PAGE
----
Written by Louis Nottingham, Entomology Research Assistant Professor, WSU Wenatchee, Jan 2021
Pear psylla has been a top challenge to pear growers in the PNW since it first arrived in the 1940s. Chemical insecticides have never been a fully effective option for many reasons including large, dense tree canopies, resistance, and the importance of conserving natural enemies for biological control. Currently, many growers are spending around $1500 per acre to manage psylla alone and are still not gaining acceptable control. According to a recent grower poll, about 80% of growers want to try something new to control this pest, which demonstrates the low level of success our current programs are achieving.
But what is left to try? Perhaps a good approach is learning from past pest management success stories, like codling moth. Codling moth was an extremely challenging pest of apples and pears that required numerous broad-spectrum sprays. However, controlling this pest now is generally attainable in conventional agriculture with a handful of soft insecticide sprays, largely due to the use of precision degree-day based sprays coupled with other insecticide-free tactics (mating disruption and dwarf trees, primarily).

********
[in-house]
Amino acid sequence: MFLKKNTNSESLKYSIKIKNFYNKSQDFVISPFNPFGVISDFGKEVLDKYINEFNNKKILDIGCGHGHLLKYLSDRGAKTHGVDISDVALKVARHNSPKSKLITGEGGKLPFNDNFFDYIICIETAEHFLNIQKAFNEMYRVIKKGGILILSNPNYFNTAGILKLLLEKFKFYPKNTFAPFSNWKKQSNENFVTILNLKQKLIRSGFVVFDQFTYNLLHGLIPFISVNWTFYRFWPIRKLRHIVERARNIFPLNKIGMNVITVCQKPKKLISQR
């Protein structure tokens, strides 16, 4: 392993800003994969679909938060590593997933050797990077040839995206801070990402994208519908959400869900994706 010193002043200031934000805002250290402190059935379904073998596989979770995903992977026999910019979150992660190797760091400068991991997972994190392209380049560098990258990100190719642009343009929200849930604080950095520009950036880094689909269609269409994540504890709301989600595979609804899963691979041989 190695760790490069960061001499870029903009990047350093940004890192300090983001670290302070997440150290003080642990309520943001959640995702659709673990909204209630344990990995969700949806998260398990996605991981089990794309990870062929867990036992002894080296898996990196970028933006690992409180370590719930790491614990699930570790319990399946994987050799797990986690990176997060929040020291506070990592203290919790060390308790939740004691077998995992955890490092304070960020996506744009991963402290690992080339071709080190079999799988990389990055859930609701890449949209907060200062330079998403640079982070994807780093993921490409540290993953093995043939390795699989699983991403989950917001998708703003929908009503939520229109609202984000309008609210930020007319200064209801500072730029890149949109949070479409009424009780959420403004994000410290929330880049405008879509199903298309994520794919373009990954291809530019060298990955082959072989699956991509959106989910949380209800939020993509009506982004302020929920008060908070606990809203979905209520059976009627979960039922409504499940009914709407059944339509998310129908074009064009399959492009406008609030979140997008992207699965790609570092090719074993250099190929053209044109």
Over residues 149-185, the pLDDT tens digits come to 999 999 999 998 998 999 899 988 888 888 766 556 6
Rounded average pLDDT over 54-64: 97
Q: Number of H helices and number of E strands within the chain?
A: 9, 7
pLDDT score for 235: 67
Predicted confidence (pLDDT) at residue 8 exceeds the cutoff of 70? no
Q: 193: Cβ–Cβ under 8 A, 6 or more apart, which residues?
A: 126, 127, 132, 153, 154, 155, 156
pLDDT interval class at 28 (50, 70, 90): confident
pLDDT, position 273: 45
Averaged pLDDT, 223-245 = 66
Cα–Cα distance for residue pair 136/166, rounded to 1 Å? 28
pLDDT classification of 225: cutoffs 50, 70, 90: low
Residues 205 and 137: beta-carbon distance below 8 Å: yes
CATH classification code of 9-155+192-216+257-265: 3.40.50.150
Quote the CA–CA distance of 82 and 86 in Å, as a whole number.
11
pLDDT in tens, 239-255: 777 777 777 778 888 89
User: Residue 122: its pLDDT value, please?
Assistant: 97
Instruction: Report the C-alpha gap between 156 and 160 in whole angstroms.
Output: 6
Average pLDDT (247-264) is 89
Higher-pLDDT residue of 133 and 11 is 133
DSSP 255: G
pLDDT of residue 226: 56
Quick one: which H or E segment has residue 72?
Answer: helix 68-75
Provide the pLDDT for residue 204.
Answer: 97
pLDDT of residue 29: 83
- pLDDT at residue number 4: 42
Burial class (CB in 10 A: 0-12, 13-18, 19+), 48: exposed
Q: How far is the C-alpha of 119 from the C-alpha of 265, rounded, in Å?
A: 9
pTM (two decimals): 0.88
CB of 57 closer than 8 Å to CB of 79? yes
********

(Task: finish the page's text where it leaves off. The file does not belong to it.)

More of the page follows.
Basics of insect degree-day (phenology) models
Insects go through a series of “life-stages” (i.e. egg, juvenile molts, adult) that make up a generation, and there are often multiple generations that will occur within a single season. The occurrence of each of these life-stages and generations is dictated by temperature, specifically, the amount of heat units (degree-days) accumulated over a period of time. The equations used to calculate degree-days and corresponding development curves will vary among insects for various reasons. For example, some insect development is unaffected above or below specific temperature thresholds. Therefore there are different degree-day models for different insects and/or populations.
Is there a degree-day development model for pear psylla?
In 2019,Dr. Vince Jones, director of the Decision Aid System (DAS), completed a degree-day model and corresponding life stage development curves of pear psylla (Fig. 1.), with funding from Washington Tree Fruit Research Commission and the Fresh and Processed Pear Committees. Although we now have a degree-day model, the associated management recommendations (spray timings, materials, etc.) have not been determined. Fortunately, the Fresh and Processed Pear Committees and the WSDA Specialty Crop Block Grant program have agreed to fund a subsequent effort to determine how to use this model to make pest management decisions in commercial pear orchards.
Research Assistant Professor
WSU TFREC Wenatchee